How the time of the day affects our decisions (II) Afternoons and Insight

How the time of the day affects our decisions (II) Afternoons and Insight

                         Aftenoons and Insight

We saw in the previous article about the science of timing, that our performance is better during the mornings for more analytical problems.

One could imagine then, that doing all their work in this hours would be better, but the fact is that it depends enormously on the type of task we wish to undertake.

A way to demonstrate this is the so called coin problem.

                            The coin problem

selective focus photography of person holding coin

Imagine this situation, an antique dealer receives one day someone who brings a bronze coin in perfect state.

The coin has an emperor’s head on one side and the date 544 BC stamped on the other.

The antique dealer examines the coin-but instead of buying it, he calls the policeWhy?

These types of problems are called insight problems and they are characterized by the fact that their resolution is reliant on seeing something less obvious.

These insight problems are characterized by the fact that trying to solve them in a step by step way is many times unsucsesful since the information to solve it is in the text, but you also require a little bit of diffuse thinking.

The answer to the problem presented comes from the 544 BC stamped in the coin.

If you think about it how could they add 544 BC (Before Christ) before Christ was born. As such the coin should be counterfeit and calling the police is a reasonable course of action.

                                 Diffuse mode

reflection of landscape in clear glass ball

Many studies have shown that even for people who claim that the mornings are their best time to do work, still show trouble when dealing with this kind of problems.

If instead we present them this problems at times that are »non-optimal» they have a higher probability of solving them.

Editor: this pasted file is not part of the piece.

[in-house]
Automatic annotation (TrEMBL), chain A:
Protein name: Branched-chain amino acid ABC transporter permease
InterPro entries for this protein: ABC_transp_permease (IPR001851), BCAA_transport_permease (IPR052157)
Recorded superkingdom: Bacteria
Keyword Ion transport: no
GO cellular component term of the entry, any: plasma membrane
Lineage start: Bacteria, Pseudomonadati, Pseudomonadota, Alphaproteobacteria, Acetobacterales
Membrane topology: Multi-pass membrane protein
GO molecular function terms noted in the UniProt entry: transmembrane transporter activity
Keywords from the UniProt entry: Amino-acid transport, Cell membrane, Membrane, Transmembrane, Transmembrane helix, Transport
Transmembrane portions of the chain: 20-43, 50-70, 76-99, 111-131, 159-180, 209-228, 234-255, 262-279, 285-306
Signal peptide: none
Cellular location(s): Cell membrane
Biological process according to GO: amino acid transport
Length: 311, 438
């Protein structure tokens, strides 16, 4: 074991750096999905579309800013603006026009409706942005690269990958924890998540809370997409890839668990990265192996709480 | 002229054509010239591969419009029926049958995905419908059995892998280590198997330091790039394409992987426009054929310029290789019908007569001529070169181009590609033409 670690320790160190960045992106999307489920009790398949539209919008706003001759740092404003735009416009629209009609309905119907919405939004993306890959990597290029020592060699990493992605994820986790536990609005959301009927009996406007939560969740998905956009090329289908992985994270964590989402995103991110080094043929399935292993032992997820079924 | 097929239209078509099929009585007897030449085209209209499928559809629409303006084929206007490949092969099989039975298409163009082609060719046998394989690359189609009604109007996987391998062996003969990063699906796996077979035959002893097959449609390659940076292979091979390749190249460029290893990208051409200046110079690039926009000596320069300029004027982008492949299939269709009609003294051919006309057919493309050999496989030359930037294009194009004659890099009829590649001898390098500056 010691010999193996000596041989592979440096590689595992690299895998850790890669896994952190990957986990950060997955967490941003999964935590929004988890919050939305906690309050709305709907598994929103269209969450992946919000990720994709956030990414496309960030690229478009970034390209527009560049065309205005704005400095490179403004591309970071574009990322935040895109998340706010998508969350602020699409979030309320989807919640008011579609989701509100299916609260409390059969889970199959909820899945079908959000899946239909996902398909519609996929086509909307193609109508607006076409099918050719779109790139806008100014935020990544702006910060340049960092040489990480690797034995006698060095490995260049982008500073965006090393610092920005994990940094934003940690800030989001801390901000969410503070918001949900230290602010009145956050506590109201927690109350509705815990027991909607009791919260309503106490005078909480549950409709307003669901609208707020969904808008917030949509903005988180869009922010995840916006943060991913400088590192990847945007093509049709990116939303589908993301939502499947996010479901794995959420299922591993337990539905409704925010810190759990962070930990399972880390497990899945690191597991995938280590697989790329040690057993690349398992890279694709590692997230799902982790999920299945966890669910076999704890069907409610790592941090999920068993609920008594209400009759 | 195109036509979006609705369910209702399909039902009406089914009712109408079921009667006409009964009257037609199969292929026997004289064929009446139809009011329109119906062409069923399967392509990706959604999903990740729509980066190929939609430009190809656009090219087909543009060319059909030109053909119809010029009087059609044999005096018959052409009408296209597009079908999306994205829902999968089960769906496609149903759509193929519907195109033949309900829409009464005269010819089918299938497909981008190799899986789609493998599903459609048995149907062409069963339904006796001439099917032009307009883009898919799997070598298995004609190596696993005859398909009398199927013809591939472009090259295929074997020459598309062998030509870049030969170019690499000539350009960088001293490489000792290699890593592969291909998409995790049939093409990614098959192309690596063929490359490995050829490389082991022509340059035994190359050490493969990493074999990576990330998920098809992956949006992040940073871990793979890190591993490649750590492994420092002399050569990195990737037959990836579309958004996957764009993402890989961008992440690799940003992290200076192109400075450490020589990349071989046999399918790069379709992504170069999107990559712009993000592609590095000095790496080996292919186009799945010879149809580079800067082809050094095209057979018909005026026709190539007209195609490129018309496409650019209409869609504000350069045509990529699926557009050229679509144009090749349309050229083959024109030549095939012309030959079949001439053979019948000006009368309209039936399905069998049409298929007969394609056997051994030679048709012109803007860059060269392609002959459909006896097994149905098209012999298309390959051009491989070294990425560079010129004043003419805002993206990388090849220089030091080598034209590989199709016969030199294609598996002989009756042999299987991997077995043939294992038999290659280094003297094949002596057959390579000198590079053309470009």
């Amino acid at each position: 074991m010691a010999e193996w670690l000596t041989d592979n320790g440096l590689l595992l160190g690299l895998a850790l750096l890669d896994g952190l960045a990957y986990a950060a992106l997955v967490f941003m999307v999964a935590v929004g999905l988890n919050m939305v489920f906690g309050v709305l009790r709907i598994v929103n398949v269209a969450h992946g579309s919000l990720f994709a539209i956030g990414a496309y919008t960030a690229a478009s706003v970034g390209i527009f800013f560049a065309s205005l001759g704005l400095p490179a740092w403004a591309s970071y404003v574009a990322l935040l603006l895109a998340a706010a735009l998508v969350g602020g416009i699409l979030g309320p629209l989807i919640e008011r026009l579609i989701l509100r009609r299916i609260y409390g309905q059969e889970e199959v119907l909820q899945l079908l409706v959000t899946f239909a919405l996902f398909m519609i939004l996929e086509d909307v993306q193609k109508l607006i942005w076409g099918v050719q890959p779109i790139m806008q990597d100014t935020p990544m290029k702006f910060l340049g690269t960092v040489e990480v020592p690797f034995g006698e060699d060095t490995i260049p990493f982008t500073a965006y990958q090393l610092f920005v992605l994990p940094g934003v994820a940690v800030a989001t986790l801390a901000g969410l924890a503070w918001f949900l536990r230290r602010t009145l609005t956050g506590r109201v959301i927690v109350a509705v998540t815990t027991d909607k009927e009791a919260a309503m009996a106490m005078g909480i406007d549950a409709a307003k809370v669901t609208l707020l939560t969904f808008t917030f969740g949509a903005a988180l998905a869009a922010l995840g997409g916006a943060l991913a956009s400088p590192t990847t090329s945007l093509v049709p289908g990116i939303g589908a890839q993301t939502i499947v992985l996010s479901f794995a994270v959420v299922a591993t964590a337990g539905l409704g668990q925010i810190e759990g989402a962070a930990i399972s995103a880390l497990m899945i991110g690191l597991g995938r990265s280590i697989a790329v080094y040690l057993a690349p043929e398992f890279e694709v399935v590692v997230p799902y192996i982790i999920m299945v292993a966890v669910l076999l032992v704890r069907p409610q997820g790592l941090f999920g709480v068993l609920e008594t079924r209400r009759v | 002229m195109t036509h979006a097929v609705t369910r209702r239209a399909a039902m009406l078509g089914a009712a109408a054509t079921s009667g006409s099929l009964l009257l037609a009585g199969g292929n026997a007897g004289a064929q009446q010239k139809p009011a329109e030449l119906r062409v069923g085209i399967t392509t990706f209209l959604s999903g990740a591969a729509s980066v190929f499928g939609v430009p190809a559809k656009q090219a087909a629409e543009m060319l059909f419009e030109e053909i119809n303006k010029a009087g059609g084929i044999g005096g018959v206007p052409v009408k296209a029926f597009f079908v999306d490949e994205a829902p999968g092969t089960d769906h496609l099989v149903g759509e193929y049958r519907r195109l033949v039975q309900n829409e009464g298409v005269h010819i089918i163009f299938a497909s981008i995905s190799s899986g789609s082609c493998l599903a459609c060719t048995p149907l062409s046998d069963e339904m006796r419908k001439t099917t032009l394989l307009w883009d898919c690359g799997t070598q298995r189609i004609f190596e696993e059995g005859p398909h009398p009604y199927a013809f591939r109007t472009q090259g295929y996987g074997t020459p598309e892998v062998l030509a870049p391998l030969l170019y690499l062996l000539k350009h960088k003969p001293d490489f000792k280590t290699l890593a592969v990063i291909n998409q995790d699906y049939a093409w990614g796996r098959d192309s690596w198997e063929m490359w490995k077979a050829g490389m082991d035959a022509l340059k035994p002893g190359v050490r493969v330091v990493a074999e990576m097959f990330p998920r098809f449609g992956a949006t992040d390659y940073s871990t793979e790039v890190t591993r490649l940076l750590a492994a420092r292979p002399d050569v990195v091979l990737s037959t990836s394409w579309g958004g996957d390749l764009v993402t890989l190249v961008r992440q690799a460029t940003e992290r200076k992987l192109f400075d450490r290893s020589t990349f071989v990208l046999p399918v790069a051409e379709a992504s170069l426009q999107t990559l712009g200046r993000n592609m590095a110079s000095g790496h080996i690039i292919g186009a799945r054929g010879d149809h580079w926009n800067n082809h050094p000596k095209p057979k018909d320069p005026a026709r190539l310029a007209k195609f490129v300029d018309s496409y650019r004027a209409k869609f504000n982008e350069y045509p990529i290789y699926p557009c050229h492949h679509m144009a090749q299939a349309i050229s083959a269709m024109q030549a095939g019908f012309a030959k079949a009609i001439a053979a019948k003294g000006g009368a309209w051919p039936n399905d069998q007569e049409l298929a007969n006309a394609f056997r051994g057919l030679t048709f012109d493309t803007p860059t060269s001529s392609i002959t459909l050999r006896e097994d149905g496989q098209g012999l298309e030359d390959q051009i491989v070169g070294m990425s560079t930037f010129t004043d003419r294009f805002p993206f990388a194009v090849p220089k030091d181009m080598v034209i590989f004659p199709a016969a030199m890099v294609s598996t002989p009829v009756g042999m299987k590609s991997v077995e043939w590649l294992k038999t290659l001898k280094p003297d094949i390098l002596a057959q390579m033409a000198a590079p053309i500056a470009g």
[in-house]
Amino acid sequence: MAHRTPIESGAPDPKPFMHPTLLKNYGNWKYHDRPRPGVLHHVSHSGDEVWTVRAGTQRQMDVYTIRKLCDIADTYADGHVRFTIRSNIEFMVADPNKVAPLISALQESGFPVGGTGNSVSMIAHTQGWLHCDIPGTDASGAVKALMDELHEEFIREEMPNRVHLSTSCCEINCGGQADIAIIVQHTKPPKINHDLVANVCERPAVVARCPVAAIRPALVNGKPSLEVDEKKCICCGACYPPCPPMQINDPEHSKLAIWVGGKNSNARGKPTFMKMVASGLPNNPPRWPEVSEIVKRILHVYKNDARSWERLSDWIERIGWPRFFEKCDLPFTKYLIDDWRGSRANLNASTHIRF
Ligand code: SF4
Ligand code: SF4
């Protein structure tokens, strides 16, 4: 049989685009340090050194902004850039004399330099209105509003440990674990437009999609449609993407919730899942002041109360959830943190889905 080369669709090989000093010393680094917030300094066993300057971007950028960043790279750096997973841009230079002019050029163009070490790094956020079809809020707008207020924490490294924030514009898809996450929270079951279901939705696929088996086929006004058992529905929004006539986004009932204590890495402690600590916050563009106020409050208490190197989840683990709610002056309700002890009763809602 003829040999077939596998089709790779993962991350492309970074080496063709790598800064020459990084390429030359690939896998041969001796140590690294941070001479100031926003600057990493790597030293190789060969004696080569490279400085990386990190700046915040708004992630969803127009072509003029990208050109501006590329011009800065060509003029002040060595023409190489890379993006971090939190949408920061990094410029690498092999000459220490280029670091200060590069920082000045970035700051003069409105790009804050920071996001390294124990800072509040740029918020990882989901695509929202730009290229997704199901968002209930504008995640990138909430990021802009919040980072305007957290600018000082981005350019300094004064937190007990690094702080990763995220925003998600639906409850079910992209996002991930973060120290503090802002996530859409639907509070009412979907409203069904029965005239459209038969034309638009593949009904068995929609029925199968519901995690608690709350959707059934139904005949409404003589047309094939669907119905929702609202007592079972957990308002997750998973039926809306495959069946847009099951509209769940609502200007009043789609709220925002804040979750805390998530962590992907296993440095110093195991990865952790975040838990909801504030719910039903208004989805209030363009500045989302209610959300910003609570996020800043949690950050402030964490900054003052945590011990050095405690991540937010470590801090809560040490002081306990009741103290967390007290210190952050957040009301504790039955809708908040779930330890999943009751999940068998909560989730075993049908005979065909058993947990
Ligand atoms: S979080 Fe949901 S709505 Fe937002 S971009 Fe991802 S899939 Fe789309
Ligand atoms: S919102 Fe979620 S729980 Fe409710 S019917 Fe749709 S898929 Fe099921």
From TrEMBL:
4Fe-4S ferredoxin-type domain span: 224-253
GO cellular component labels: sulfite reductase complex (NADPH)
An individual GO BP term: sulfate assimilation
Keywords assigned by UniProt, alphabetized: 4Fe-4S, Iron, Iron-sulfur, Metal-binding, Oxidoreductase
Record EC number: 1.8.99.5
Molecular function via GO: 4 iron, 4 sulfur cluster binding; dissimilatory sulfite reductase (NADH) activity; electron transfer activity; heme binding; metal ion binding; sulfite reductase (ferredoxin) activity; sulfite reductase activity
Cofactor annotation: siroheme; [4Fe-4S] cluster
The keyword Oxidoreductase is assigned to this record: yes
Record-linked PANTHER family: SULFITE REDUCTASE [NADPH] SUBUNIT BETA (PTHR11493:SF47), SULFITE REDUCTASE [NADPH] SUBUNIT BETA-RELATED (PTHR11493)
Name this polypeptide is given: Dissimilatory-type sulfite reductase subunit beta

This non-optimal time is the timeframe between 4 and 6, which corresponds to the period of recovery after the through.

The reason why this period is better than the so-called »optimal» is due to the lack of »wariness» that our brain shows at this time and the fact that this reduced foccus also implies an easier time accessing the so-called diffuse mode.

By accessing this more transversal pathway that is based on non-evident connections we can approach insight problems better.

                      Time of the day and School

person wearing brown and white watch

 The differences we see on performance depending on the task and time could be translated into our school systems to make them more efficient.

It has been shown that as the day progresses the results that students of Danish schools obtained in subjects such as math decreased by the hour.

This could be due to the highly analytical nature of the subject and how the best time for most people to undergo analyticla tasks is during the morning.

Meaning that by not taking this into account we could be putting students, who perform their exams during the afternoon instead of the morning, into a disadvantage compared to their morning peers.

This doesn’t mean that we can’t make use of the hightening of the diffuse mode during the afternoons, since these periods could be used for more creative subjects such as art, or literature.

By making this shift students could make the most of their school life and increase their performance and satisfaction.

                                       Opinion

Taking into account the scientific evidence for a more efficient education system could help improve the motivation.

As a result improve the preparation of the students since seeing how well you can perform at your best could be a source of encouragement and a push towards personal growth.

For more articles about how our mind works and human behaviour follow the link. If you liked this post and want more subscribe to our newsletter.

 

 

 
 

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